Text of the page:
Poster Art is a weekly column about today’s independent poster art and the artists who create it.
Based in the Chicagoland area, Justin Santora is an illustrator whose work focuses primarily on the themes of construction and disassembly, as well as “the pursuit for security and the desire for autonomy.” His perspective stems from the concept and process of “constructing something from the ground up” and an ongoing interest in subcultures.
Many of Santora’s illustrations focus on the reoccurring motifs of unfinished buildings, houses, and general architectural structure, while other poster designs simply hint at his love for animals. His pieces often include imagery of abandoned spaces and empty rooms that produce a sense of isolation, as well as despondence within human relations. Additionally, his more recent works include a strong presence of light, shadows, and translucent, haunting human figures.
Visually, Santora is inspired by the works of big-name artists such as Francis Bacon, Kathe Kollwitz, and Roy Lichtenstein as well as surrealists like Joseph Cornell and political activists like Sue Coe. However, Santora also draws inspiration from whimsical sources, such as Calvin and Hobbes creator Bill Waterson. Moreover, he recognizes the impact that the Chicago poster-art community has had on him.
“Many local friends of mine — Jay Ryan, Kathleen Judge, Diane Sudyka, and Dan MacAdam — are poster artists whose work I’ve admired for a long time,” Santora says, “and are essentially the reason I make posters.”
Santora’s drawings consist of completely original and hand-drawn images and text. The posters are primarily screen-printed, although he also works with acrylic paint on paper and wood panels. Often, the artist will begin with a quick sketch and expand the concept, proceeding to find and photograph visual points of reference to utilize for his illustrations.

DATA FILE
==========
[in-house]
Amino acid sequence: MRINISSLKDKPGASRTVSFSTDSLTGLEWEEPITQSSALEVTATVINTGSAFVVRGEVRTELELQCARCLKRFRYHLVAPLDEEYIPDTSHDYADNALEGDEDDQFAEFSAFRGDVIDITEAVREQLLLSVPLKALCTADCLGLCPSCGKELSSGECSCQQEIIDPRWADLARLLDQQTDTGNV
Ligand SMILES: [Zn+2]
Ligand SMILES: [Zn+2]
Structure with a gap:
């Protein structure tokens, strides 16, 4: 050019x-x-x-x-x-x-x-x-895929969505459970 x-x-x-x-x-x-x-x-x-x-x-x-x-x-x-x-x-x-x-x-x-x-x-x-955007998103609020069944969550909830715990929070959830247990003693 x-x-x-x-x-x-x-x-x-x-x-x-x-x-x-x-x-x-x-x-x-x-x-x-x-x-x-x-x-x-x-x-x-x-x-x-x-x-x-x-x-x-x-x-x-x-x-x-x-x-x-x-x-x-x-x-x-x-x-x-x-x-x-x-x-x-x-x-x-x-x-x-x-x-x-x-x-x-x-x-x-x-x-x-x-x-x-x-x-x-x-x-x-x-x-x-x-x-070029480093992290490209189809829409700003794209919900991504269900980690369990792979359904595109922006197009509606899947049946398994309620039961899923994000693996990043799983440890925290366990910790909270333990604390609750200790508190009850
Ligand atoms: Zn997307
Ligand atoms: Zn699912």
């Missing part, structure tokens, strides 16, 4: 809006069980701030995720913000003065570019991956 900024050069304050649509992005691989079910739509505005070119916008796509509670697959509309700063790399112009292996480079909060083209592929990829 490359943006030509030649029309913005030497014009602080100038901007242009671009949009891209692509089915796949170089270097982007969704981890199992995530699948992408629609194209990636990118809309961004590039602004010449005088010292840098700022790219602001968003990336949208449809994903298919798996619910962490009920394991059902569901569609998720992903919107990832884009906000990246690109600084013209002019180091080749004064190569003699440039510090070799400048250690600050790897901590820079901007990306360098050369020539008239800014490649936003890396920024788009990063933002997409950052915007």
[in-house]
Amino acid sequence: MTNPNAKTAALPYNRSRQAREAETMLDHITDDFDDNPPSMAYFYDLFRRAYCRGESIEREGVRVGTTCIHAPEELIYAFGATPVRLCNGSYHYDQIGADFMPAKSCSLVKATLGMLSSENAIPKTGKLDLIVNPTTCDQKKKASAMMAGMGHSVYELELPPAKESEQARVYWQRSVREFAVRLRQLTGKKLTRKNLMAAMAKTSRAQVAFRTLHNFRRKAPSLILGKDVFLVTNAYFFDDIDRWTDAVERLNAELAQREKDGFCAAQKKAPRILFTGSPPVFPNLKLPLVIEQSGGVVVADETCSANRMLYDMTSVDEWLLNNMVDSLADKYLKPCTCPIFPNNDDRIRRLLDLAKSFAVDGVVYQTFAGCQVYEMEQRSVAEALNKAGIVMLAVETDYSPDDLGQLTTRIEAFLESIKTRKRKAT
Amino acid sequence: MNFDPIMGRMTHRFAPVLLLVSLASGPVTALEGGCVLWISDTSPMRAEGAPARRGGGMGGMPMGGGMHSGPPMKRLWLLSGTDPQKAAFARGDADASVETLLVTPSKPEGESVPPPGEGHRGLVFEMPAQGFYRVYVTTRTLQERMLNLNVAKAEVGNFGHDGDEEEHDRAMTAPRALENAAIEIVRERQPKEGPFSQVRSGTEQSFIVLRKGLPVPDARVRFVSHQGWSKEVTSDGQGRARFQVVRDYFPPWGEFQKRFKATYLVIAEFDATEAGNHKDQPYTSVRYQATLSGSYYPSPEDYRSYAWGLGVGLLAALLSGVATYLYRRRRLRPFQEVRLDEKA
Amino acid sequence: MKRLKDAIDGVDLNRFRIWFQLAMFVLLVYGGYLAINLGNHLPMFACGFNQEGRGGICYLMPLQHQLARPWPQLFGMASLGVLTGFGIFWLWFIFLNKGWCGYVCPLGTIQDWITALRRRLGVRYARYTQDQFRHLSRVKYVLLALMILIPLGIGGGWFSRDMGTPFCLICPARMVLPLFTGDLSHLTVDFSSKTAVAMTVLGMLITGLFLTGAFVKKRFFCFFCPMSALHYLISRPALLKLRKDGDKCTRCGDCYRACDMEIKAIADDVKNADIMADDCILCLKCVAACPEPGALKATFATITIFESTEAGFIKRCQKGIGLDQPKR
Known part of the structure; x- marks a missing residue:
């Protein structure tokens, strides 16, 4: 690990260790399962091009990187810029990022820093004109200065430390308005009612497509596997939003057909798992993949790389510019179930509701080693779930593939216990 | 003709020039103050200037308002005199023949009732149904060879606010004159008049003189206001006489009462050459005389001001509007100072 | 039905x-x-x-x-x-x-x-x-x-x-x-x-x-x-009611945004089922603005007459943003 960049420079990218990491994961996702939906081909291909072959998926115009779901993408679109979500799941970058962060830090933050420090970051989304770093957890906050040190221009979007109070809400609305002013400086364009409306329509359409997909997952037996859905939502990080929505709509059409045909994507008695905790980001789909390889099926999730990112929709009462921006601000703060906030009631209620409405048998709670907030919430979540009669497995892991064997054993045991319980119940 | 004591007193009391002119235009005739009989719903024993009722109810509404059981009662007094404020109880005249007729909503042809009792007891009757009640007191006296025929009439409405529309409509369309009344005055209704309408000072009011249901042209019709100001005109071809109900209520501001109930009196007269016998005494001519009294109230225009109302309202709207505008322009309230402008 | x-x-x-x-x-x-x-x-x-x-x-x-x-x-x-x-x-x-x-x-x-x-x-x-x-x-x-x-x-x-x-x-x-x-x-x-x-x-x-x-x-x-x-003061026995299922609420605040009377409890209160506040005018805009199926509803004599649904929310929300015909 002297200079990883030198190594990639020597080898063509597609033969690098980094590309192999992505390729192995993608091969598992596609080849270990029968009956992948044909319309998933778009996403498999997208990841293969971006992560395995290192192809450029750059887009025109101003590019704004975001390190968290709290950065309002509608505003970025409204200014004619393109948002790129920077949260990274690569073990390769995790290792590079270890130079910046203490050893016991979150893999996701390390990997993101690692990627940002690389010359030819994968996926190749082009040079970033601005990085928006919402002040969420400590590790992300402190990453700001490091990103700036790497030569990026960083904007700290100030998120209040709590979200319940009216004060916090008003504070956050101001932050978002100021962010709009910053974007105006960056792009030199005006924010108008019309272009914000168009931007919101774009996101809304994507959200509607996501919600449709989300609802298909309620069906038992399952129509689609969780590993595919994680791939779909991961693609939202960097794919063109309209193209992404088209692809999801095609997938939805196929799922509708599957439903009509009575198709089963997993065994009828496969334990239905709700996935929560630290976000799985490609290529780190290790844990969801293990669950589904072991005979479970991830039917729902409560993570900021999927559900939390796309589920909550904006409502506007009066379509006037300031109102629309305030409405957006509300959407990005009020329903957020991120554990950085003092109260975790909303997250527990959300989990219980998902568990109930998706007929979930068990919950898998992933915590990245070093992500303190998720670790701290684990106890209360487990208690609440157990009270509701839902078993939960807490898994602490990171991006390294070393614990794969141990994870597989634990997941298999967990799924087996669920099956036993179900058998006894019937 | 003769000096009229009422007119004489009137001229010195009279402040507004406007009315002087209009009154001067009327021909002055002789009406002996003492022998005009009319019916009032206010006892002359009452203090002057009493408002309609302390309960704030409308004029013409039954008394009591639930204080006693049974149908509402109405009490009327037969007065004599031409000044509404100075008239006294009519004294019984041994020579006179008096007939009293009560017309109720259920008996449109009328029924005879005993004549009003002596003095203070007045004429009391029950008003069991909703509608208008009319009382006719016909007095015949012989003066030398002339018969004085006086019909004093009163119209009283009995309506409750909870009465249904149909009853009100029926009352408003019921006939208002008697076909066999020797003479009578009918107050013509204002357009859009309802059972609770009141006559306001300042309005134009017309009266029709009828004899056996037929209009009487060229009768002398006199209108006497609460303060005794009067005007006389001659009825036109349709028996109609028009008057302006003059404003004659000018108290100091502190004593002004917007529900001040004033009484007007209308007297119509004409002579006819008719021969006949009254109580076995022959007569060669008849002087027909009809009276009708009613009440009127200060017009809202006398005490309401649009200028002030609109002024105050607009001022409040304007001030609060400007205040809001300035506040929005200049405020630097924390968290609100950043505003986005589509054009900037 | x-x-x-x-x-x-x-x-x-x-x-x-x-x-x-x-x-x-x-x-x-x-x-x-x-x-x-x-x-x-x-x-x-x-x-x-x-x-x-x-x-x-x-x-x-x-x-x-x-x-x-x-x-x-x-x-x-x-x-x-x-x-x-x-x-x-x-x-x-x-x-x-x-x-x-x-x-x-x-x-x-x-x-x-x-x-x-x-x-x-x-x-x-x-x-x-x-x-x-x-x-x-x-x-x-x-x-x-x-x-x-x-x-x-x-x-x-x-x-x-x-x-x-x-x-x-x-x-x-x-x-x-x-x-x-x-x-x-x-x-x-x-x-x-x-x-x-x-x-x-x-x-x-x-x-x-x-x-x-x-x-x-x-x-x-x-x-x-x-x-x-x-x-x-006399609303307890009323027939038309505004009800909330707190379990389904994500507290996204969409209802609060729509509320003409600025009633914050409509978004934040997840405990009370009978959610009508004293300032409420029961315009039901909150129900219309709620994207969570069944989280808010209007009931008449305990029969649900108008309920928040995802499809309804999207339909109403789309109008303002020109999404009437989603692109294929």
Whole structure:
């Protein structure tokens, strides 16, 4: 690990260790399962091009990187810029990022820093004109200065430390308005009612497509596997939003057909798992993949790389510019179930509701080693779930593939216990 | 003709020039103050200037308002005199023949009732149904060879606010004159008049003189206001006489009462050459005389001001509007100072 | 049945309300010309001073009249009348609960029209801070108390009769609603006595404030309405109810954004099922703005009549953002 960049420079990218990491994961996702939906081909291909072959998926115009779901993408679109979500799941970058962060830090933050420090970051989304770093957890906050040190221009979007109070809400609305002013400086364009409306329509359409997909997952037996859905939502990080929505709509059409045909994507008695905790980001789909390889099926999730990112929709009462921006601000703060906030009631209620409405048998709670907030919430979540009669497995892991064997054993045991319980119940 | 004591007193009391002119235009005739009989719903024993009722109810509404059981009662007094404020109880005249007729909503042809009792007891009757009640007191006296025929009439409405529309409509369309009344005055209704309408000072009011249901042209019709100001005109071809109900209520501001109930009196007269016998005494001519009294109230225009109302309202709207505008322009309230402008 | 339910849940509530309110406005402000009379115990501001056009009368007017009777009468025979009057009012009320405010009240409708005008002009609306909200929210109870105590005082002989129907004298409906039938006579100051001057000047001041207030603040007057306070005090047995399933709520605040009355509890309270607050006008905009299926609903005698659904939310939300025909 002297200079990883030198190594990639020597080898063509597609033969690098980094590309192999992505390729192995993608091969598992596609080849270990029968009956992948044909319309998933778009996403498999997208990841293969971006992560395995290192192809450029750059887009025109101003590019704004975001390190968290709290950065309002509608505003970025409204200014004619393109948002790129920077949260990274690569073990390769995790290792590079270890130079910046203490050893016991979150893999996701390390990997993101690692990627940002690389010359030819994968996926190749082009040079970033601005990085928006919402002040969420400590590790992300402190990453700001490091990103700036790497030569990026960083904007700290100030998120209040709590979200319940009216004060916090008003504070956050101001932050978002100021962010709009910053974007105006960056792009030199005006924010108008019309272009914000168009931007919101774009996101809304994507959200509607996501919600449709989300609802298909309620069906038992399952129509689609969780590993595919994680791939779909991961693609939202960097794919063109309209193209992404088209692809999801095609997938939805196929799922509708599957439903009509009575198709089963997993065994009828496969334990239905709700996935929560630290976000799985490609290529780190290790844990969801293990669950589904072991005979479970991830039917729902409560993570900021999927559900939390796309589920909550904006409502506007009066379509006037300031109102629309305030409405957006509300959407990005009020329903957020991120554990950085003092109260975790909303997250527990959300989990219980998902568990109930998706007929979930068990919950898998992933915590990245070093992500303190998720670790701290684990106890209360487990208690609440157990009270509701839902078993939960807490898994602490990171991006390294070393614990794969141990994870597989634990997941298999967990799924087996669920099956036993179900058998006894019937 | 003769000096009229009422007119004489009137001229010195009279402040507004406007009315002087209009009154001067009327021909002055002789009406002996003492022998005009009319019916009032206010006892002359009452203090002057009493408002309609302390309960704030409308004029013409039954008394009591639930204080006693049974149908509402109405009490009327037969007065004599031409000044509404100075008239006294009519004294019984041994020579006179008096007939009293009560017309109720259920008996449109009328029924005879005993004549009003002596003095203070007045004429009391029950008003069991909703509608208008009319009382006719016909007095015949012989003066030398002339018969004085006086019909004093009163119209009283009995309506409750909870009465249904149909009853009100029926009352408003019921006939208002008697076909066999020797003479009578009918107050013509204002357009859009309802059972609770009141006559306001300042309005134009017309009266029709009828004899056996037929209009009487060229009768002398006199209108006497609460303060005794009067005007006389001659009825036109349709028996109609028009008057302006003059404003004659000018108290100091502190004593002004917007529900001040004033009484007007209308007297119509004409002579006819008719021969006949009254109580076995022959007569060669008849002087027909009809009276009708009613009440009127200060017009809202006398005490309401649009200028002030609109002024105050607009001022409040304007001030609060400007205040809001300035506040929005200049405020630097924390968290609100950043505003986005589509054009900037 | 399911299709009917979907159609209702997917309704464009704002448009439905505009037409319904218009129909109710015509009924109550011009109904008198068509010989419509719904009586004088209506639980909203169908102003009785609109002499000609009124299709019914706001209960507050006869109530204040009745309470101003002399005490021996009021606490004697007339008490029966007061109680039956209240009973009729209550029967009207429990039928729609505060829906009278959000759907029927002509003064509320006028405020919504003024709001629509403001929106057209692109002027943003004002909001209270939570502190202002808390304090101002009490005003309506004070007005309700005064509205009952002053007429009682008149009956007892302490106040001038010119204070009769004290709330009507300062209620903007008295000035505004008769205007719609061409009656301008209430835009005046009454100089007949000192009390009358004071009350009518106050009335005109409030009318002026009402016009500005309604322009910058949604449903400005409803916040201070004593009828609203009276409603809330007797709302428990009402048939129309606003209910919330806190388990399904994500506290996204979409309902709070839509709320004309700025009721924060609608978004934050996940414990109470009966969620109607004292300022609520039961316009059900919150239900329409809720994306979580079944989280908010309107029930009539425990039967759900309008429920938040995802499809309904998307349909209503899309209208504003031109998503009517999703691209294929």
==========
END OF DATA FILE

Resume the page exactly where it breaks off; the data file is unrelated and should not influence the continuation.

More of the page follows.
When a pencil drawing is completed, the image is then inked and copied onto film for screen printing, or the drawing is finished in paint. When Santora works on commissioned pieces (such as rock posters), he derives the artwork’s concept from the band’s music and lyrics in order to present relevant imagery. His finished pieces appear somber and contain a subdued color palette, and the linear quality is both tactile and delicate.
Santora played in bands on and off since the age of 15, and thereby became interested in the visual aspect of independent music. However, for many years, artistic interests came second to his musical endeavors. “I actually spent many years neglecting my artistic ability by being so focused on playing music,” he says. “While being involved with and playing music has given me some of my favorite memories, I was never able to even come close to making a living off of it.”
Musically, Santora notes Fugazi, Don Caballero, Archers of Loaf, Jawbreaker, and Propaghandi as a few favorites. He is inspired by the introspectiveness present within Jawbreaker’s lyrics, and he admires Propaghandi’s “tenacious adherence to their political message and independent ethics.” Thus it is no surprise that the bulk of Santora’s work is for indie-rock and punk bands. Some of these bands include My Brightest Diamond, The Silver Mt. Zion Memorial Orchestra, and Dinosaur Jr.
Though he is not currently playing in a band, Santora feels connected to the independent music scene due to his working relationship with musicians and his role as a poster artist. “I think that bands and artists are able to promote one another symbiotically through the cultures surrounding both music and poster art,” he says.
The influence of comic-book art is apparent in the intricate, sketch-like quality found in Santora’s drawings, and although much of Santora’s work at first glance appears peaceful and at ease, the imagery is in fact quietly critiquing modern society. Whether the illustrations feature human figures, animals, or architectural structures, the solemn nature of the work remains accessible to the viewer, while the genuine quality of the illustrations can be appreciated by both art critics and music fans alike.
Having just returned from a group show curated by Lars P. Krause in Dresden, Germany entitled Colored Gigs 2, Santora is busy working on paintings and prints for another upcoming show, as well as a poster for the band Circa Survive. Additionally, Santora is part of a group exhibition opening Friday, October 8th at the Chicago Urban Arts Society, which will feature art by over 40 Chicagoland printmakers and poster artists.